Even when “the embryo is so small as to be invisible,” as David Brown, a staff attorney for the Center for Reproductive Rights, explained over the phone, the doctor or health care provider will still have to treat it like a dead person and hold some kind of burial or cremation for it. …

“It may dissuade women who need medical care from seeking medical treatment,” he noted.

The law exempts women who abort or miscarry at home, after all. If a woman starts to miscarry at home, but knows she may be forced to pay for funeral services if she goes to a hospital for help, she might stay at home and hope that the failing pregnancy works itself out on its own.

Read the whole grim story.

UNC Compass

UNC Compass is a workshop for students who are underrepresented in philosophy (with respect to race, gender, sexuality, ability, income, etc) and interested in pursuing graduate studies in philosophy. Selected students will attend reading group-style seminars, attend faculty panel lunches, and have the chance to connect with other undergraduate/MA level philosophers. Food, travel, and hotel will be provided.

The next workshop will take place on February 11-12, 2017. Completed applications are due ASAP—Deadline extended!

Here is the application for the 2017 workshop. Visit our website http://compass.web.unc.edu/ for more details! For questions, please email compassunc@gmail.com.

CFP: The Profession We Want: Practical Efforts to Improve Philosophy

Call for Papers: The Profession We Want: Practical Ways to Improve Philosophy

A conference organised by the Society for Women in Philosophy UK and the British Philosophical Association

Monday 15th and Tuesday 16th May

Arthur Lewis Building, Bridgeford Street, Manchester, M13 9PL.

The discipline of philosophy has for a long time been a needlessly difficult environment for women and the members of other marginalised and/or minoritised groups (including, but not limited to, groups marginalised/minoritised on the basis of race, class, disability status, and sexual orientation). Some progress has been made, especially over the last few years, in understanding and responding to the causes and consequences of this fact. In the UK, this includes the success of the BPA-SWIP Good Practice Scheme, the expansion of Athena Swan scheme to philosophy and other humanistic disciplines in the UK, and the forthcoming introduction of the Race Equality Charter. Other encouraging signs include initiatives made by some departments, student groups, journals, and learned societies. In this context of understanding and change, SWIP is seeking to lay further foundations for progress by identifying effective ways to practically respond to these problems at a departmental, national and disciplinary level. This crucially involves identifying effective strategies, implementing urgent actions, and allocating specific tasks to organizations, groups or individuals who are in a position to monitor and develop them. This conference is devoted to these aims. As well as offering theoretical resources, we are interested in talks and sessions with a more practical character. Accordingly, the second afternoon of the conference will be devoted to a two-part collaborative planning session. The first half of this session will aim to identify actions of immediate priority and strategies for implementing these, and the second half will aim to establish which organizations, groups or individuals are best able to take these on and how they can be supported to carry them out.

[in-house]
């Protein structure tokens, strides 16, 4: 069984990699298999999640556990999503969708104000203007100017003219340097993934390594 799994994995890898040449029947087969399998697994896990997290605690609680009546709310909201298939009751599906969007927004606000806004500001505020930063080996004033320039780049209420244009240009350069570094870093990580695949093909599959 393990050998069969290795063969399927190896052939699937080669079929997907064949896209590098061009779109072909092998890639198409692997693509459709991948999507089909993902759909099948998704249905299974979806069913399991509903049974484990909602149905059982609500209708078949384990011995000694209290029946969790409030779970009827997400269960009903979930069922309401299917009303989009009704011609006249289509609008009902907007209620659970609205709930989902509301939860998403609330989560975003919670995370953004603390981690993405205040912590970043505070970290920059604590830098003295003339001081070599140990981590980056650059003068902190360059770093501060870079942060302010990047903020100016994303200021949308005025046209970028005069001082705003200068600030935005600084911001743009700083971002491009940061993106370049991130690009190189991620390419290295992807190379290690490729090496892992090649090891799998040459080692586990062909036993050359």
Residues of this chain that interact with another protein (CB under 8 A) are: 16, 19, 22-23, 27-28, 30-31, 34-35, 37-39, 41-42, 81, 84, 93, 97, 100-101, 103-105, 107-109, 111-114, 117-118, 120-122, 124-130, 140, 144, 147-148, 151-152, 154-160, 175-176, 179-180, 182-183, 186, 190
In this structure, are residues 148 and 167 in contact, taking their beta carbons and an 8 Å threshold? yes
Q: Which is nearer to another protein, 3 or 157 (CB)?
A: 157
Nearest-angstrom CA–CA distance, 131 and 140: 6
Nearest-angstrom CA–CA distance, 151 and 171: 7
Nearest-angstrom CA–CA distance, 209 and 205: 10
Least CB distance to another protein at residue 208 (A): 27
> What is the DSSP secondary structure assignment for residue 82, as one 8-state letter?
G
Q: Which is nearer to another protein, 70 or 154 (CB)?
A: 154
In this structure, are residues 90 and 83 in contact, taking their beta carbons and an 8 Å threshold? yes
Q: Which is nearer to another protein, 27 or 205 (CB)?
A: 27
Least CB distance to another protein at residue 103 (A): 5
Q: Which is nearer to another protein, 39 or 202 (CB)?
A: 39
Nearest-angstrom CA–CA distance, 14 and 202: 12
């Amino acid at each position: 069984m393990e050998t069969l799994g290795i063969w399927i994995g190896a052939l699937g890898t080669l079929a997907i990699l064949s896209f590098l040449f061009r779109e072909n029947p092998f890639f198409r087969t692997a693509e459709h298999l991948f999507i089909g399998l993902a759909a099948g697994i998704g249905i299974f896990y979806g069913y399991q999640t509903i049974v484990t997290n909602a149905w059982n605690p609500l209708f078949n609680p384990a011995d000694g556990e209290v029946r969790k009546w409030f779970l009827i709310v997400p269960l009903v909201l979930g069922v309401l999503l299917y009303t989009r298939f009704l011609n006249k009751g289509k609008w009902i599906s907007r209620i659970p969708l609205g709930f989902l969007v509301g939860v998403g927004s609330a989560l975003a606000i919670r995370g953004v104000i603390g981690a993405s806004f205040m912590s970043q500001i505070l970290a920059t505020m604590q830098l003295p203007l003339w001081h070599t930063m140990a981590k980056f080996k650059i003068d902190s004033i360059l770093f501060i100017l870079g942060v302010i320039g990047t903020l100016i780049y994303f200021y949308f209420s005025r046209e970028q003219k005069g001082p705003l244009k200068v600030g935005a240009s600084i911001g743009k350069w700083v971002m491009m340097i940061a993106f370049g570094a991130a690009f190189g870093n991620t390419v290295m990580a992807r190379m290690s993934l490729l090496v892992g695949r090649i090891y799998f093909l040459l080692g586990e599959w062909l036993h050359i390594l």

Keynote Speaker: Sherri Irvin (University of Oklahoma)

 

Submissions

Submission Deadline: Wednesday the 1st of February

We invite submissions that address one or both of the following aims:

  • To promote the improvement of the profession, for example by assessing strategies and techniques; identifying, pooling and disseminating resources; and fostering the development of relevant skills.
  • To provide practical support for those who have been or who may be negatively impacted by the problems affecting the profession, including mentoring, advising, and skill-sharing.

Submissions could take a variety of forms. We welcome each of the following:

  • Traditional philosophical papers on relevant topics. These might include implicit bias, stereotype threat, syllabus diversification, alternative histories, structural injustice, and norms of philosophical practice. We welcome papers with an empirical component, papers that take an intersectional approach, and papers that focus on the specific issues raised by a particular axis of marginalisation/minoritisation. Papers should be suitable for presentation in 20 minutes.
  • Symposia and roundtable discussions. These could feature any number of participants. They should be no longer than an hour and a half.